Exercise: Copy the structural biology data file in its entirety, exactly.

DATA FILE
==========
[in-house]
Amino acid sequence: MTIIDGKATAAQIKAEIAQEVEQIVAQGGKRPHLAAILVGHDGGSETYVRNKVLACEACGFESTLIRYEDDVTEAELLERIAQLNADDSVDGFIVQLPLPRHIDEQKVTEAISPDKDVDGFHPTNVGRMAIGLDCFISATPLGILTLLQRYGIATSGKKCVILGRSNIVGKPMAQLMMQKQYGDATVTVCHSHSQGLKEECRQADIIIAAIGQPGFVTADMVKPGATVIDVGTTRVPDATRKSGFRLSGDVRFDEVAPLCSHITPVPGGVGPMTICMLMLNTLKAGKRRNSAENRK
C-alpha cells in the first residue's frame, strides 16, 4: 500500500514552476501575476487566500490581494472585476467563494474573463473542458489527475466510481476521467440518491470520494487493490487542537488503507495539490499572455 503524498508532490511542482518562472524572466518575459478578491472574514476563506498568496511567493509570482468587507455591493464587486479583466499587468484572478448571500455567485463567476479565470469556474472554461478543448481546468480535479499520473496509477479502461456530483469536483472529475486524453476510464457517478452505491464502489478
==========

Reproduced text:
[in-house]
Amino acid sequence: MTIIDGKATAAQIKAEIAQEVEQIVAQGGKRPHLAAILVGHDGGSETYVRNKVLACEACGFESTLIRYEDDVTEAELLERIAQLNADDSVDGFIVQLPLPRHIDEQKVTEAISPDKDVDGFHPTNVGRMAIGLDCFISATPLGILTLLQRYGIATSGKKCVILGRSNIVGKPMAQLMMQKQYGDATVTVCHSHSQGLKEECRQADIIIAAIGQPGFVTADMVKPGATVIDVGTTRVPDATRKSGFRLSGDVRFDEVAPLCSHITPVPGGVGPMTICMLMLNTLKAGKRRNSAENRK
C-alpha cells in the first residue's frame, strides 16, 4: 500500500514552476501575476487566500490581494472585476467563494474573463473542458489527475466510481476521467440518491470520494487493490487542537488503507495539490499572455 503524498508532490511542482518562472524572466518575459478578491472574514476563506498568496511567493509570482468587507455591493464587486479583466499587468484572478448571500455567485463567476479565470469556474472554461478543448481546468480535479499520473496509477479502461456530483469536483472529475486524453476510464457517478452505491464502489478